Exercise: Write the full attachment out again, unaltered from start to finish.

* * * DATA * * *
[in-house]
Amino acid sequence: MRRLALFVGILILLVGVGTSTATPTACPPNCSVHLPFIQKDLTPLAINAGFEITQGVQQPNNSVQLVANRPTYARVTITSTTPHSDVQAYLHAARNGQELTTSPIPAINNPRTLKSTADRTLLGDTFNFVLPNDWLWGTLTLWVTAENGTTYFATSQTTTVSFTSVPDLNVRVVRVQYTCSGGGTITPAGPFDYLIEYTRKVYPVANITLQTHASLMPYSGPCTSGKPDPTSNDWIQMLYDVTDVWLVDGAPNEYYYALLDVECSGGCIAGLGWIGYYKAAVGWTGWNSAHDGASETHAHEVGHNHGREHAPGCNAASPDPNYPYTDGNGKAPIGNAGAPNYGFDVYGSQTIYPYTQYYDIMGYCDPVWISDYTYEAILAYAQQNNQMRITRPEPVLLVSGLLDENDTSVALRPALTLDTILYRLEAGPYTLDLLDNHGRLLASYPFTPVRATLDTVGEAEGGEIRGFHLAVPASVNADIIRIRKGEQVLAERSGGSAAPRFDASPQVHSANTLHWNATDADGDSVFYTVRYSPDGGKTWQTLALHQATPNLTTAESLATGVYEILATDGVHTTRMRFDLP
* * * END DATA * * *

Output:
[in-house]
Amino acid sequence: MRRLALFVGILILLVGVGTSTATPTACPPNCSVHLPFIQKDLTPLAINAGFEITQGVQQPNNSVQLVANRPTYARVTITSTTPHSDVQAYLHAARNGQELTTSPIPAINNPRTLKSTADRTLLGDTFNFVLPNDWLWGTLTLWVTAENGTTYFATSQTTTVSFTSVPDLNVRVVRVQYTCSGGGTITPAGPFDYLIEYTRKVYPVANITLQTHASLMPYSGPCTSGKPDPTSNDWIQMLYDVTDVWLVDGAPNEYYYALLDVECSGGCIAGLGWIGYYKAAVGWTGWNSAHDGASETHAHEVGHNHGREHAPGCNAASPDPNYPYTDGNGKAPIGNAGAPNYGFDVYGSQTIYPYTQYYDIMGYCDPVWISDYTYEAILAYAQQNNQMRITRPEPVLLVSGLLDENDTSVALRPALTLDTILYRLEAGPYTLDLLDNHGRLLASYPFTPVRATLDTVGEAEGGEIRGFHLAVPASVNADIIRIRKGEQVLAERSGGSAAPRFDASPQVHSANTLHWNATDADGDSVFYTVRYSPDGGKTWQTLALHQATPNLTTAESLATGVYEILATDGVHTTRMRFDLP